A first novel, this is also a first person account of Scout's (Jean Louise) recall of the years that led to the ending of a mystery, the breaking of her brother Jem's elbow, the death of her father's enemy — and the close of childhood years. A widower, Atticus raises his children with legal dispassion and paternal intelligence, and is ably abetted by Calpurnia, the colored cook, while the Alabama town of Maycomb, in the 1930's, remains aloof to their divergence from its tribal patterns. Scout and Jem, with their summer-time companion, Dill, find their paths free from interference — but not from dangers; their curiosity about the imprisoned Boo, whose miserable past is incorporated in their play, results in a tentative friendliness; their fears of Atticus' lack of distinction is dissipated when he shoots a mad dog; his defense of a Negro accused of raping a white girl, Mayella Ewell, is followed with avid interest and turns the rabble whites against him. Scout is the means of averting an attack on Atticus but when he loses the case it is Boo who saves Jem and Scout by killing Mayella's father when he attempts to murder them. The shadows of a beginning for black-white understanding, the persistent fight that Scout carries on against school, Jem's emergence into adulthood, Calpurnia's quiet power, and all the incidents touching on the children's "growing outward" have an attractive starchiness that keeps this southern picture pert and provocative. There is much advance interest in this book; it has been selected by the Literary Guild and Reader's Digest; it should win many friends.

Pub Date: July 11, 1960

ISBN: 0060935464

Page Count: 323

Publisher: Lippincott

Review Posted Online: Oct. 7, 2011

Kirkus Reviews Issue: July 1, 1960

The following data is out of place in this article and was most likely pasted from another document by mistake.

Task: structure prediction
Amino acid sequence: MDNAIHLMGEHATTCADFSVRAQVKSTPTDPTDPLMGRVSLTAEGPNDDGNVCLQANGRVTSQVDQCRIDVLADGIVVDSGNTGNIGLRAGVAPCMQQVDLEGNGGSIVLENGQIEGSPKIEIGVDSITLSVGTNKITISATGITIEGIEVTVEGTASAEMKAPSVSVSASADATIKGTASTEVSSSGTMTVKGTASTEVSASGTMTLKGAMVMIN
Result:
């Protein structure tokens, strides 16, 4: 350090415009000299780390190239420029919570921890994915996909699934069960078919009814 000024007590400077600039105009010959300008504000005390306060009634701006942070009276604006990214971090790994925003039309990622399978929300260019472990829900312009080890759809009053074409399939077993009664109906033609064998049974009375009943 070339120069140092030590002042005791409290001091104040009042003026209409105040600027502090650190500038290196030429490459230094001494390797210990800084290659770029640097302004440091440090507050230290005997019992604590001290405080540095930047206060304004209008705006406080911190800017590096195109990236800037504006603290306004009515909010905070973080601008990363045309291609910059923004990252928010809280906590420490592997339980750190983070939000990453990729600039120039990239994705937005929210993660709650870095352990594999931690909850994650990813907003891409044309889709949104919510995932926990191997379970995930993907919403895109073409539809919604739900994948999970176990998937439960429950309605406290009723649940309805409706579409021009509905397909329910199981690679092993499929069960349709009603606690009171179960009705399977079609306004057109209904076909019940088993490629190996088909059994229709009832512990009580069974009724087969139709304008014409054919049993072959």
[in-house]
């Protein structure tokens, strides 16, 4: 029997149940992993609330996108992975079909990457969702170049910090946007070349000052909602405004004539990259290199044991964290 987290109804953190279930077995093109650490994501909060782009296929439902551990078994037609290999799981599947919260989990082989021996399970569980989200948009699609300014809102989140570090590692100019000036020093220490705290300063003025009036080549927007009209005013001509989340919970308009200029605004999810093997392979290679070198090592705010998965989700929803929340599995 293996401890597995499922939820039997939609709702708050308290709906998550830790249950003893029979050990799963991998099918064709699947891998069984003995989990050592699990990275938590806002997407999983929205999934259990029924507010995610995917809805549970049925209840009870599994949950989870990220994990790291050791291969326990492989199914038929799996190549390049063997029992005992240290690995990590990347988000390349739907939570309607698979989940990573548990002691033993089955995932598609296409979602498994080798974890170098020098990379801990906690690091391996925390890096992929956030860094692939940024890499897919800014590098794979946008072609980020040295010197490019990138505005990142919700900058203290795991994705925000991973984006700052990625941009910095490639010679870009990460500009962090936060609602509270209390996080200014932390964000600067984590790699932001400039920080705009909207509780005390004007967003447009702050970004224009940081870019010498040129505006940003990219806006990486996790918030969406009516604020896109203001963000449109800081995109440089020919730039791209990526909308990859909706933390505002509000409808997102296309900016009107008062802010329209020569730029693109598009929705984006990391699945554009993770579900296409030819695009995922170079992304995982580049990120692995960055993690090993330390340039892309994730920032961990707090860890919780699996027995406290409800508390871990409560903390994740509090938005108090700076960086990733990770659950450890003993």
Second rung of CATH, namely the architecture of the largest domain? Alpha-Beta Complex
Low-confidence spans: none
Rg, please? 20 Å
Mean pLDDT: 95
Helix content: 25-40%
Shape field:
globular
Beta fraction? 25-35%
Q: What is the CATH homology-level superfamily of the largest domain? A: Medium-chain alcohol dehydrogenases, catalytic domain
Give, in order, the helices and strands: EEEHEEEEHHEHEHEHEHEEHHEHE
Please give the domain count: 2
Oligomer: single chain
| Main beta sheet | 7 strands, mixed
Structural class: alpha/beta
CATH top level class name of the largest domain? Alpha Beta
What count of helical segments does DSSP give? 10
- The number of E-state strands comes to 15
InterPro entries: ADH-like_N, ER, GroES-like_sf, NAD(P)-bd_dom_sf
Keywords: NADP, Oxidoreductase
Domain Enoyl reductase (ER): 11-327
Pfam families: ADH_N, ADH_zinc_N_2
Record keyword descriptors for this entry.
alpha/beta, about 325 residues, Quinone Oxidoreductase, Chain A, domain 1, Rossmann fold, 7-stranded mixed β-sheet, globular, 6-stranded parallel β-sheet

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The phrase “tour de force” could have been invented for this audacious novel.

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A LITTLE LIFE

Four men who meet as college roommates move to New York and spend the next three decades gaining renown in their professions—as an architect, painter, actor and lawyer—and struggling with demons in their intertwined personal lives.

Yanagihara (The People in the Trees, 2013) takes the still-bold leap of writing about characters who don’t share her background; in addition to being male, JB is African-American, Malcolm has a black father and white mother, Willem is white, and “Jude’s race was undetermined”—deserted at birth, he was raised in a monastery and had an unspeakably traumatic childhood that’s revealed slowly over the course of the book. Two of them are gay, one straight and one bisexual. There isn’t a single significant female character, and for a long novel, there isn’t much plot. There aren’t even many markers of what’s happening in the outside world; Jude moves to a loft in SoHo as a young man, but we don’t see the neighborhood change from gritty artists’ enclave to glitzy tourist destination. What we get instead is an intensely interior look at the friends’ psyches and relationships, and it’s utterly enthralling. The four men think about work and creativity and success and failure; they cook for each other, compete with each other and jostle for each other’s affection. JB bases his entire artistic career on painting portraits of his friends, while Malcolm takes care of them by designing their apartments and houses. When Jude, as an adult, is adopted by his favorite Harvard law professor, his friends join him for Thanksgiving in Cambridge every year. And when Willem becomes a movie star, they all bask in his glow. Eventually, the tone darkens and the story narrows to focus on Jude as the pain of his past cuts deep into his carefully constructed life.  

The phrase “tour de force” could have been invented for this audacious novel.

Pub Date: March 10, 2015

ISBN: 978-0-385-53925-8

Page Count: 720

Publisher: Doubleday

Review Posted Online: Dec. 22, 2014

Kirkus Reviews Issue: Jan. 1, 2015